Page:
These chemicals come from industrial plants as well as foods and household products we use every day. They’ve been linked to various health issues, including cancers and problems with the immune and reproductive systems.
The Solutions in the WATER Act
To address all these related threats to our water, we need a huge change and huge investments. The newly reintroduced WATER Act brings those investments. It provides unprecedented support to our struggling water systems — and all the communities that depend on them. Here’s how:
Getting the Funding Right
For decades, the federal government has starved water systems of the funding they need for maintenance and operations. That funding peaked in 1977, and forty years later, it has fallen by 77%.
The EPA has found that our drinking water and wastewater systems need more than $744 billion over the next two decades, but no other proposal or legislation has come even close to providing that money.
Some suggest we can fix these problems by handing over public infrastructure to private corporations. But we know this is a recipe for disaster.
The WATER Act will create a trust fund for water infrastructure, providing the permanent and reliable funding that public water systems need. Crucially, it ensures that no money goes to private water companies.
Delivering Environmental Health and Justice
Disadvantaged communities are at the forefront of the nation’s water crises, and the WATER Act prioritizes them. It ensures half of the funds will go to these communities, providing dedicated support to rural communities, indigenous communities, and colonias*. It also requires the EPA to study water affordability and shutoffs.
Additionally, the WATER Act addresses the public health impacts of our failing water systems. It funds projects to upgrade household wells and septic systems, as well as lead service line replacements to relieve our country’s unconscionable lead pipe crisis.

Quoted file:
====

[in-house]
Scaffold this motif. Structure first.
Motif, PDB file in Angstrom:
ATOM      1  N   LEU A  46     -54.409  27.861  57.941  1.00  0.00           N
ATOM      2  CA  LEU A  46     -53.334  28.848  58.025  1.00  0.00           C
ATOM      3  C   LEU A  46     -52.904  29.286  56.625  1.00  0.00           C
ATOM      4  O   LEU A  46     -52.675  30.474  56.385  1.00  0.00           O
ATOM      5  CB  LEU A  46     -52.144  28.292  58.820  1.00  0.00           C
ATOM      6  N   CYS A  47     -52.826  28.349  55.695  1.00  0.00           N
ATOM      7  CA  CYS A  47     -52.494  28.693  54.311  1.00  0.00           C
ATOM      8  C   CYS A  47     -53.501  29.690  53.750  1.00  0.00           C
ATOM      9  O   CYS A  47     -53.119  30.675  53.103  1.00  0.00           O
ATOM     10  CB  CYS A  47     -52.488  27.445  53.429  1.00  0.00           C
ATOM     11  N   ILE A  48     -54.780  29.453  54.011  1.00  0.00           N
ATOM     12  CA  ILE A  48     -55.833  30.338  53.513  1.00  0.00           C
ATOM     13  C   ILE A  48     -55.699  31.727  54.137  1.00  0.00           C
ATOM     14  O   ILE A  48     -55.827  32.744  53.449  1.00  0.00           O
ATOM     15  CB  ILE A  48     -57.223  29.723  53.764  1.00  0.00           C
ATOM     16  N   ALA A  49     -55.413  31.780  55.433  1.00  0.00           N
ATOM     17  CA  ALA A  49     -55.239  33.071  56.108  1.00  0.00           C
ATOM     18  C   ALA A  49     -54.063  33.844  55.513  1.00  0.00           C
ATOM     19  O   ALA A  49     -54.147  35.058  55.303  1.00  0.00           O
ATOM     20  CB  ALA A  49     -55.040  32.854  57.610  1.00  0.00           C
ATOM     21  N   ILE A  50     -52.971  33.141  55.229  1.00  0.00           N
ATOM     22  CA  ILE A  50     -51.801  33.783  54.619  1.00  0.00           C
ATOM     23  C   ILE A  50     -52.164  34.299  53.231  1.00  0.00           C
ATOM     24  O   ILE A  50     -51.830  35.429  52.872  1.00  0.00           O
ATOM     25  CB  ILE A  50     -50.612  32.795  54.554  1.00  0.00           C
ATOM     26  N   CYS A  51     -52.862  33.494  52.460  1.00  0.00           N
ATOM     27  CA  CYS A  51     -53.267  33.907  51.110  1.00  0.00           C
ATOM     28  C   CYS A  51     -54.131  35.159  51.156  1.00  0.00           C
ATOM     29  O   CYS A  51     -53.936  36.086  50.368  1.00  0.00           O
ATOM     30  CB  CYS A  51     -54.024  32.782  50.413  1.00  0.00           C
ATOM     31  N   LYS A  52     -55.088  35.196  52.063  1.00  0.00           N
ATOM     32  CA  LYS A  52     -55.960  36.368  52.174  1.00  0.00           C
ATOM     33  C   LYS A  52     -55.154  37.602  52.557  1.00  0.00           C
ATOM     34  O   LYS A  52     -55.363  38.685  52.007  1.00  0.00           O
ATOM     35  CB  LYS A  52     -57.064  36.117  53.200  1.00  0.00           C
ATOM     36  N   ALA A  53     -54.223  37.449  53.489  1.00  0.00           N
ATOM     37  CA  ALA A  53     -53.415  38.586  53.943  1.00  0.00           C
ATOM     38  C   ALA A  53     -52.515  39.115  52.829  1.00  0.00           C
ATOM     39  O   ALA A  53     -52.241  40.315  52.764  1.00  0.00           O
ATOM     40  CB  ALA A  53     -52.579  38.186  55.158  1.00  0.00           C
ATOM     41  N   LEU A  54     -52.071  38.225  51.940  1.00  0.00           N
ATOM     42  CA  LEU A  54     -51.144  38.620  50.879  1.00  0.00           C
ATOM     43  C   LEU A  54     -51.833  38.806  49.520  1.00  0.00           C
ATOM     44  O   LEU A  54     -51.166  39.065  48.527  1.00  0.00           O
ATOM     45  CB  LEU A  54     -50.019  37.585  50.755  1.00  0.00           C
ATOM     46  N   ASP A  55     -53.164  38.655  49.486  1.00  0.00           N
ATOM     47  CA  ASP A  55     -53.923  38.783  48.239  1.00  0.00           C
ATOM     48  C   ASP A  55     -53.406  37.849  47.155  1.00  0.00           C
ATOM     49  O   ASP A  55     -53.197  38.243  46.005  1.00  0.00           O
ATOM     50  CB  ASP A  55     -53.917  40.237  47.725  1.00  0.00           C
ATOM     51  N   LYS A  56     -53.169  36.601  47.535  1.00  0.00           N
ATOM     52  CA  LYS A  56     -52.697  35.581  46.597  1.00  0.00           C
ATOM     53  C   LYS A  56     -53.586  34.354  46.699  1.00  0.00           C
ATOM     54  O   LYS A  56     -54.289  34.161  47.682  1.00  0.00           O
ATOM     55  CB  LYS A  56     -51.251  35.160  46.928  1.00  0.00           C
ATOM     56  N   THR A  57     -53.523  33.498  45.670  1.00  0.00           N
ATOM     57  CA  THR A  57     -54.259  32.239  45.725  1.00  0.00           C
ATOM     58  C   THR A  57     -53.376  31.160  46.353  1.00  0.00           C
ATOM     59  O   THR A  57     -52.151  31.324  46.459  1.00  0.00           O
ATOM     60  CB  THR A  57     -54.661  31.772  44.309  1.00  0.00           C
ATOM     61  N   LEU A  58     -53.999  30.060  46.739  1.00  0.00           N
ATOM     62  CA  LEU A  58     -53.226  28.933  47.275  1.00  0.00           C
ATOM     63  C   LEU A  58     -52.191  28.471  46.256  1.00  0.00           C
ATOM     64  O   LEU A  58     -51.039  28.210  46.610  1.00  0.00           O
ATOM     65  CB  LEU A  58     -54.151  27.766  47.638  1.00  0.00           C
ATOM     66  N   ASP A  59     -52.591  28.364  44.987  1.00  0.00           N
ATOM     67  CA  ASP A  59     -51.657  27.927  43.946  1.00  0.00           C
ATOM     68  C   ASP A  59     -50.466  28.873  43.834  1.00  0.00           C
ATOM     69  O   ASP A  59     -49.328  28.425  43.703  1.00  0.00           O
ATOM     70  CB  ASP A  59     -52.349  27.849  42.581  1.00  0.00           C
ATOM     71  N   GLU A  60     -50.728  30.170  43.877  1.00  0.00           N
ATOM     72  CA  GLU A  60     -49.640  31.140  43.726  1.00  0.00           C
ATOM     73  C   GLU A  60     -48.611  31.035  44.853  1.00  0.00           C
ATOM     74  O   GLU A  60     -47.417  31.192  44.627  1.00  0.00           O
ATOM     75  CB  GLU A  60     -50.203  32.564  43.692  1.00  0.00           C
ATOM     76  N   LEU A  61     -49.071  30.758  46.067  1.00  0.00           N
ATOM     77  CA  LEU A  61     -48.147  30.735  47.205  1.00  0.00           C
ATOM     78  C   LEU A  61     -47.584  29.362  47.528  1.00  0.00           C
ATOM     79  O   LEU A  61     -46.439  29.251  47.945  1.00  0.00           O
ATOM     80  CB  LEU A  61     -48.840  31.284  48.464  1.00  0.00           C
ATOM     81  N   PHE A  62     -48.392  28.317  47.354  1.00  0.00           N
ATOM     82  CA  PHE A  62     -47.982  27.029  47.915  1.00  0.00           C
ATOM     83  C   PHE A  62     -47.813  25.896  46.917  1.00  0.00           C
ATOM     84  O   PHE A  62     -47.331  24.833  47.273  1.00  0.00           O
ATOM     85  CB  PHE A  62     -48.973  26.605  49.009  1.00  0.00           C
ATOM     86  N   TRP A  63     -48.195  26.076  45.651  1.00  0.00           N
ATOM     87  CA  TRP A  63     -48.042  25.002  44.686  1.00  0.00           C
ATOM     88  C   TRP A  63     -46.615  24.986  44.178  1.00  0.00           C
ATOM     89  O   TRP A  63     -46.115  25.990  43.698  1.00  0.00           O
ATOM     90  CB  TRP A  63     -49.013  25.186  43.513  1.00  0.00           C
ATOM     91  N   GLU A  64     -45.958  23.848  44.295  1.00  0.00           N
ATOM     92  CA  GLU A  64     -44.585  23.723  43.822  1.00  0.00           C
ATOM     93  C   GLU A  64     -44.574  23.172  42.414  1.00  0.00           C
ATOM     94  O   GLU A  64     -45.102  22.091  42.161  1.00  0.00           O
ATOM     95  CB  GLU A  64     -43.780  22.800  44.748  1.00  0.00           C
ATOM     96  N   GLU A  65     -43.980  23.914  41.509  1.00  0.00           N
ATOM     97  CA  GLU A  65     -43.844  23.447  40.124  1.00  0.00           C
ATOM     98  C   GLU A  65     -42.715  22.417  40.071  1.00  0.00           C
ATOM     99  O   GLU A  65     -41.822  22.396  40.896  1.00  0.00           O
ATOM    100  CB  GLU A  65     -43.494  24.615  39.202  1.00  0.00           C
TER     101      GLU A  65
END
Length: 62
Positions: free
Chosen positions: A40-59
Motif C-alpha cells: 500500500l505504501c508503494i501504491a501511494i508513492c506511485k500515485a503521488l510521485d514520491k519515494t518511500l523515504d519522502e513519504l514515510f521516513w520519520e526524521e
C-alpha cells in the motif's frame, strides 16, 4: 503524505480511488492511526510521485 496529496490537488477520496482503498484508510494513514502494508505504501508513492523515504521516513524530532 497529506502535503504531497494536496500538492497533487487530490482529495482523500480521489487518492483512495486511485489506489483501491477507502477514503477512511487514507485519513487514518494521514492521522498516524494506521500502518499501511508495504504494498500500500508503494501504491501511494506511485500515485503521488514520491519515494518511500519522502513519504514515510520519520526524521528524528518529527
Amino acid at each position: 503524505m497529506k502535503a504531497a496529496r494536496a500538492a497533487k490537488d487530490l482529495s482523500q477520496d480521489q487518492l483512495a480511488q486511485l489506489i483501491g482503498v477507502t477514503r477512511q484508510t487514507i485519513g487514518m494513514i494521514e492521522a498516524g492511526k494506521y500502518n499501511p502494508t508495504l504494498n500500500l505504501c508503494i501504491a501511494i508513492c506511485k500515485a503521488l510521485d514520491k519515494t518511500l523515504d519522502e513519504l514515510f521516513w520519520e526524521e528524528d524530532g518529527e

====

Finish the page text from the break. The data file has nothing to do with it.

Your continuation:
The WATER Act also dedicates funds to sorely needed PFAS testing and cleanup. This month, EPA announced its first proposals for federal PFAS limits on six compounds, thanks to years of organizing from frontline communities. This is a good start, but it’s not enough — we need to regulate the entire class of PFAS compounds.
Because PFAS don’t break down naturally, water systems will need to deploy new technologies. That means that to comply with the new federal standards, water systems will need more support than ever — support that the WATER Act will provide.
We Need the WATER Act
Water is a human right. Everyone should have access to safe, affordable water and sanitation. And yet right now, the U.S. is failing to deliver for broad swaths of the country.
We need to repair our broken water systems and tackle health crises, like PFAS and lead pipes. We need to make sure that all families can afford clean water, and that these invaluable systems remain in public hands.
That’s why we need your help to pass the WATER Act.
Tell Congress to pass the WATER Act!
* Colonias are unincorporated, usually low-income areas along the U.S.-Mexico border.